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Mid-Mo Recycling collects tons of used electronics

Saturday, August 27, 2011 | 7:25 p.m. CDT; updated 11:06 p.m. CDT, Saturday, August 27, 2011
Paul Cook loads a truck with televisions donated by Columbia residents at the e-recycle event at Home Depot on Saturday. The event collected items from Columbia residents such as televisions, computers, stoves, printers and other unneeded electronic items and appliances.

COLUMBIA — People dropped off unwanted computer monitors, keyboards and TVs at Mid-Mo Recycling's e-recycle event Saturday morning. By 9:45 a.m., eight bins, each holding approximately 700 pounds, were full.

The event, held at Home Depot at 3215 Clark Lane, opened at 9 a.m. and closed at 1 p.m. By 1 p.m., Mid-Mo Recycling owner Stan Fredrick estimated he had collected about 37,000 pounds.

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The annual event usually collects between 34,000 to 40,000 pounds of used electronics. Ninety-nine percent of that will be recycled, Fredrick said.

People can drop off many electronics for free, he said, because Mid-Mo Recycling can "de-manufacture" the items and resell their valuable metals, such as gold, copper and aluminum.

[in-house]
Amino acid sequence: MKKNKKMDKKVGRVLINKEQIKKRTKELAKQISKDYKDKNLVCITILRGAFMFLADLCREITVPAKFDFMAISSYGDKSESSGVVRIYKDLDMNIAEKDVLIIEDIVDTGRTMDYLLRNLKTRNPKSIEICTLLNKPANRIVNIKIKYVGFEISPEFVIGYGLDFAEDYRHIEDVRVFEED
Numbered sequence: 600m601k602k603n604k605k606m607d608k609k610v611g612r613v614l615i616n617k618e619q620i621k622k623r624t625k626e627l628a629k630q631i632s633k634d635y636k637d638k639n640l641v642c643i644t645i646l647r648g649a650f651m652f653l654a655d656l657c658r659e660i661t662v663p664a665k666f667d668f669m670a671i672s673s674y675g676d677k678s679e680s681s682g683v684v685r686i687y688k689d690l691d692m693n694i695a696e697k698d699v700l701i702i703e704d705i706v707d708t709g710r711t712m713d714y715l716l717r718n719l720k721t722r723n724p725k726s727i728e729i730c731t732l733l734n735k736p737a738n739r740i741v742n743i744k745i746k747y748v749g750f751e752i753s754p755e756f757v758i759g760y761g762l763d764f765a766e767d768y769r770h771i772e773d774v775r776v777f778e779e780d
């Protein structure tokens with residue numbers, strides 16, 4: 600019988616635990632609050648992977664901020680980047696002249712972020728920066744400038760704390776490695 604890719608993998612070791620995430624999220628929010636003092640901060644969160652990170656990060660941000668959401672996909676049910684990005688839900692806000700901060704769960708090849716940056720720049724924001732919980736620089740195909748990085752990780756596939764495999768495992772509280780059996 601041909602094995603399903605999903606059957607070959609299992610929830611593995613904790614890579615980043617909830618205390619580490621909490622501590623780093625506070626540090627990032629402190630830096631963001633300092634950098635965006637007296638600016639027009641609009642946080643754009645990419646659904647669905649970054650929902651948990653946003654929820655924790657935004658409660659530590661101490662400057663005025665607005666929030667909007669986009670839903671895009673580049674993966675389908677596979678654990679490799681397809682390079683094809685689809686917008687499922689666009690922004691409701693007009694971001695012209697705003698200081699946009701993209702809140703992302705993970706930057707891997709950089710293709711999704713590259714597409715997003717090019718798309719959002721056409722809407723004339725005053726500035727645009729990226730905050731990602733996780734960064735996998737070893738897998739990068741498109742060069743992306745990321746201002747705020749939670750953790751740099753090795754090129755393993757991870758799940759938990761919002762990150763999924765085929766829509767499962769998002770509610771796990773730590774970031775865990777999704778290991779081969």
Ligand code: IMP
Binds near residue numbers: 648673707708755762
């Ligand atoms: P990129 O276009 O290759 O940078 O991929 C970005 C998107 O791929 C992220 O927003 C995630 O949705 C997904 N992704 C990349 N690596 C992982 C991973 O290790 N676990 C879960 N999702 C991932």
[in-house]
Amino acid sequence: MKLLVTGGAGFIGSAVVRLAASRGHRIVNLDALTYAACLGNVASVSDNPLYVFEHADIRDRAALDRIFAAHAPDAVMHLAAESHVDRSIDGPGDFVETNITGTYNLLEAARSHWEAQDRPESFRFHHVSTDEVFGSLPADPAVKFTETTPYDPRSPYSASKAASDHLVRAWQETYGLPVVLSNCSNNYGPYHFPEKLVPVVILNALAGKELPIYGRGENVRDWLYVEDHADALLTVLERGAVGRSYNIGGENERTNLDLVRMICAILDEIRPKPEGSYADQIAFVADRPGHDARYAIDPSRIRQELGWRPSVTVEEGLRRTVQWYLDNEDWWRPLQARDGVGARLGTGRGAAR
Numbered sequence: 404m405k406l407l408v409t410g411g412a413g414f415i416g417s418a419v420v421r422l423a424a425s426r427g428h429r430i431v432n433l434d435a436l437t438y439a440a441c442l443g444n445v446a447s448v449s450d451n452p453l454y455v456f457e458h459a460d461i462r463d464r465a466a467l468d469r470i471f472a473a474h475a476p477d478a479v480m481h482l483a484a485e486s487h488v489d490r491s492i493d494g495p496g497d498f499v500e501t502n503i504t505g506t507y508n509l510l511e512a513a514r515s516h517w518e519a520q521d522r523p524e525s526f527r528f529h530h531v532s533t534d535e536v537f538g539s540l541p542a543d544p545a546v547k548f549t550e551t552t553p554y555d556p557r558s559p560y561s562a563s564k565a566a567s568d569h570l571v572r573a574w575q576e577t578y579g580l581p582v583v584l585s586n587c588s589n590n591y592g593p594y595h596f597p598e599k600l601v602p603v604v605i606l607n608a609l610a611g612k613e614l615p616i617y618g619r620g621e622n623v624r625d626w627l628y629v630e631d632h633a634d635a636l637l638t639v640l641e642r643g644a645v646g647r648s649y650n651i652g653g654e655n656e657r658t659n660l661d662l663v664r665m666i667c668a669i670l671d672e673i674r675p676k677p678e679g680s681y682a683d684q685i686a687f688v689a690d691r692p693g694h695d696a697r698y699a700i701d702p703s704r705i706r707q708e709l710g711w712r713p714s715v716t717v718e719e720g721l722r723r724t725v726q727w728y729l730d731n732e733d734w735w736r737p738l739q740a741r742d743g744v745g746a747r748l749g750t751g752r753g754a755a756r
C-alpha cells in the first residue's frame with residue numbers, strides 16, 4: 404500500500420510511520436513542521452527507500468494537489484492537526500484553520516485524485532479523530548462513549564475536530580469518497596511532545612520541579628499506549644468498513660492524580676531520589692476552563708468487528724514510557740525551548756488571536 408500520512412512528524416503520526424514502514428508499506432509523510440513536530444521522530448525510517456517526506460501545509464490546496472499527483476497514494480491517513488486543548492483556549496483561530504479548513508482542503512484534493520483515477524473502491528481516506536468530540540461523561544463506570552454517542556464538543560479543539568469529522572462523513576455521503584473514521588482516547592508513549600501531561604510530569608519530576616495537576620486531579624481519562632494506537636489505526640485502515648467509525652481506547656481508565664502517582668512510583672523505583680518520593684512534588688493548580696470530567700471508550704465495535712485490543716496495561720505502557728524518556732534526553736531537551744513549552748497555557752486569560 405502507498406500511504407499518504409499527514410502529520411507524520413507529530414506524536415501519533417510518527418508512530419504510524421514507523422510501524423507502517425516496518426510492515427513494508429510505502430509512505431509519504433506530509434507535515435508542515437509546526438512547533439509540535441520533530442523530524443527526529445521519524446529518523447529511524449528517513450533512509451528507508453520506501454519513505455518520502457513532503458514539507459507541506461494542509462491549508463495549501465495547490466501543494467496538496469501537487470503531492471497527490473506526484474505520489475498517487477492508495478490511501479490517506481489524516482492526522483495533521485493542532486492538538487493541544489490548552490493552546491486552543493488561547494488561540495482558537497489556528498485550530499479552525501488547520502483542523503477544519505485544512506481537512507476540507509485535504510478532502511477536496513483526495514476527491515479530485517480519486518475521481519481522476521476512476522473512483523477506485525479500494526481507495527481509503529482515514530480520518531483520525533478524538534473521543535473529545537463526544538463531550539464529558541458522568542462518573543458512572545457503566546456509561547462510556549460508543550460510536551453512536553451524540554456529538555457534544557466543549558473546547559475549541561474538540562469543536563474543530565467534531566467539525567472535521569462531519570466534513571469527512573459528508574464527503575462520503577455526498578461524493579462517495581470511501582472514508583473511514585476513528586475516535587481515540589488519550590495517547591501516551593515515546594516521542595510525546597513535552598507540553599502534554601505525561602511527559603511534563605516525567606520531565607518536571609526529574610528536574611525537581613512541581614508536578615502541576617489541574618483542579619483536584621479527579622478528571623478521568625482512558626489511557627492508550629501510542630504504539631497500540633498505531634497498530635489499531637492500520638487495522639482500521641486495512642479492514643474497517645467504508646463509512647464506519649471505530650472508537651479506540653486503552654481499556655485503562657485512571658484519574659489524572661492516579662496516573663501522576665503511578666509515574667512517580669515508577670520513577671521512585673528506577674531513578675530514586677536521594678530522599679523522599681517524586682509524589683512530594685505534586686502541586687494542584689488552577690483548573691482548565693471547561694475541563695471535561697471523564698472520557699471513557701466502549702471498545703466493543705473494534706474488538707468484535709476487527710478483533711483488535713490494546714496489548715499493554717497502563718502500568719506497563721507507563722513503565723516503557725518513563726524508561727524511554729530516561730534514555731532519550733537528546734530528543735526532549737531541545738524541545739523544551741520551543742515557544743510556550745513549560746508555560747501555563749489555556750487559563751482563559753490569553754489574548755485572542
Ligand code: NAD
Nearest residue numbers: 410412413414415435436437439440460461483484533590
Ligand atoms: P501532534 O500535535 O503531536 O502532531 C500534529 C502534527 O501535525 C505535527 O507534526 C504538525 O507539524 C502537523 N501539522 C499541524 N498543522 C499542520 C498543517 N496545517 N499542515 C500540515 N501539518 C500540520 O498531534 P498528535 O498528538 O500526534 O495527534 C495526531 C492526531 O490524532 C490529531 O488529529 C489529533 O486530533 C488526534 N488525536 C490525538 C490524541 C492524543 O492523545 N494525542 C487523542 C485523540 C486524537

Individuals must pay to get rid of their TVs and computer monitors because the glass screens contain lead. These items are sent to a smelter in Herculaneum to extract the toxic metal for reuse in other items, such as car batteries, Fredrick said.

Staff at Mid-Mo Recycling de-manufactures other electronics at Fredrick's center at 6104 Brown Station Road. Items that can't be processed safely or efficiently at his center remain in Missouri, Fredrick said.

Mary Ridge of Sturgeon paid $20 to drop off "the works," a closet-full of electronics she had been collecting for 20 years. She said she appreciated knowing that her old electronics would be recycled in a safe manner.

"We live in the county where those things would end up in the dump," she said.

She also expressed relief that Mid-Mo Recycling recycles locally.

"I'm real pleased it won't be sent to China where peasants would pick over it," she said.

Ridge was referring to toxic trading, a practice of shipping hazardous waste from wealthy nations to developing countries. There, the refuse can be recycled cheaply, but at a human and environmental cost.

Mid-Mo Recycling is a level one recycling center and registered with the Missouri Department of Natural Resources, Fredrick said. A level one recycling center agrees to recycle as much electronic material as possible.


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